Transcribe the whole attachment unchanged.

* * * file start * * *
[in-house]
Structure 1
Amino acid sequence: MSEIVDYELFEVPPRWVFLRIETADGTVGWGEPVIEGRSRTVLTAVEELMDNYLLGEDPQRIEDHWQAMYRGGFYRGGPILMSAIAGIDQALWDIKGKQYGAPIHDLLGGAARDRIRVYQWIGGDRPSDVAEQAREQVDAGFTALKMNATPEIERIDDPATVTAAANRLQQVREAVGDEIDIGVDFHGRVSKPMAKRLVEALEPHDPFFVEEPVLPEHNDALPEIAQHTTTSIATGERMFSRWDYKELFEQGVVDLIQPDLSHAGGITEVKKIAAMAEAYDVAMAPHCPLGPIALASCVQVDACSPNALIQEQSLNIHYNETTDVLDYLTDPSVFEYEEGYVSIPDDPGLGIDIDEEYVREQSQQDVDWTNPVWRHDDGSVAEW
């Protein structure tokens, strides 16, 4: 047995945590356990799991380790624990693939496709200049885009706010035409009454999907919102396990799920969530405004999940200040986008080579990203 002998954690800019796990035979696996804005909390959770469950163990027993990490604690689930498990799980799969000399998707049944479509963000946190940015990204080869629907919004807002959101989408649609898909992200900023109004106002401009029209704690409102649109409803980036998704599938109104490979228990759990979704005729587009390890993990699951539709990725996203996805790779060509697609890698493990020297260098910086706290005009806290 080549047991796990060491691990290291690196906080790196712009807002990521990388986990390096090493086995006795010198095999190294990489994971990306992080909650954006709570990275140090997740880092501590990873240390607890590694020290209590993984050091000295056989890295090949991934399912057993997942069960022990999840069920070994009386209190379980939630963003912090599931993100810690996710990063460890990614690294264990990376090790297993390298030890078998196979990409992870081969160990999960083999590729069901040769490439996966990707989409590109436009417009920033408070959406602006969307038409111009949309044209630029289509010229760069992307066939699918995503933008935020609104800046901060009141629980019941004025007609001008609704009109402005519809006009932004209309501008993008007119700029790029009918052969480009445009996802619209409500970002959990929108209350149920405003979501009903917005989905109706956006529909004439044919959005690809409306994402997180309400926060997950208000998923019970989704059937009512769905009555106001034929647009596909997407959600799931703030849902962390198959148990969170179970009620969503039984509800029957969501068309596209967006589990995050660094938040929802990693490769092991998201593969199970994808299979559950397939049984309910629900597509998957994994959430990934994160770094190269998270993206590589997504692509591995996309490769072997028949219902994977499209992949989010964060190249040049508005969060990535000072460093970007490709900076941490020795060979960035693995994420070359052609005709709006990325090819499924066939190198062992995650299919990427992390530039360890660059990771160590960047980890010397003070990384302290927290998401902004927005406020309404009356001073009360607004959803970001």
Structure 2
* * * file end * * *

[in-house]
Structure 1
Amino acid sequence: MSEIVDYELFEVPPRWVFLRIETADGTVGWGEPVIEGRSRTVLTAVEELMDNYLLGEDPQRIEDHWQAMYRGGFYRGGPILMSAIAGIDQALWDIKGKQYGAPIHDLLGGAARDRIRVYQWIGGDRPSDVAEQAREQVDAGFTALKMNATPEIERIDDPATVTAAANRLQQVREAVGDEIDIGVDFHGRVSKPMAKRLVEALEPHDPFFVEEPVLPEHNDALPEIAQHTTTSIATGERMFSRWDYKELFEQGVVDLIQPDLSHAGGITEVKKIAAMAEAYDVAMAPHCPLGPIALASCVQVDACSPNALIQEQSLNIHYNETTDVLDYLTDPSVFEYEEGYVSIPDDPGLGIDIDEEYVREQSQQDVDWTNPVWRHDDGSVAEW
């Protein structure tokens, strides 16, 4: 047995945590356990799991380790624990693939496709200049885009706010035409009454999907919102396990799920969530405004999940200040986008080579990203 002998954690800019796990035979696996804005909390959770469950163990027993990490604690689930498990799980799969000399998707049944479509963000946190940015990204080869629907919004807002959101989408649609898909992200900023109004106002401009029209704690409102649109409803980036998704599938109104490979228990759990979704005729587009390890993990699951539709990725996203996805790779060509697609890698493990020297260098910086706290005009806290 080549047991796990060491691990290291690196906080790196712009807002990521990388986990390096090493086995006795010198095999190294990489994971990306992080909650954006709570990275140090997740880092501590990873240390607890590694020290209590993984050091000295056989890295090949991934399912057993997942069960022990999840069920070994009386209190379980939630963003912090599931993100810690996710990063460890990614690294264990990376090790297993390298030890078998196979990409992870081969160990999960083999590729069901040769490439996966990707989409590109436009417009920033408070959406602006969307038409111009949309044209630029289509010229760069992307066939699918995503933008935020609104800046901060009141629980019941004025007609001008609704009109402005519809006009932004209309501008993008007119700029790029009918052969480009445009996802619209409500970002959990929108209350149920405003979501009903917005989905109706956006529909004439044919959005690809409306994402997180309400926060997950208000998923019970989704059937009512769905009555106001034929647009596909997407959600799931703030849902962390198959148990969170179970009620969503039984509800029957969501068309596209967006589990995050660094938040929802990693490769092991998201593969199970994808299979559950397939049984309910629900597509998957994994959430990934994160770094190269998270993206590589997504692509591995996309490769072997028949219902994977499209992949989010964060190249040049508005969060990535000072460093970007490709900076941490020795060979960035693995994420070359052609005709709006990325090819499924066939190198062992995650299919990427992390530039360890660059990771160590960047980890010397003070990384302290927290998401902004927005406020309404009356001073009360607004959803970001």
Structure 2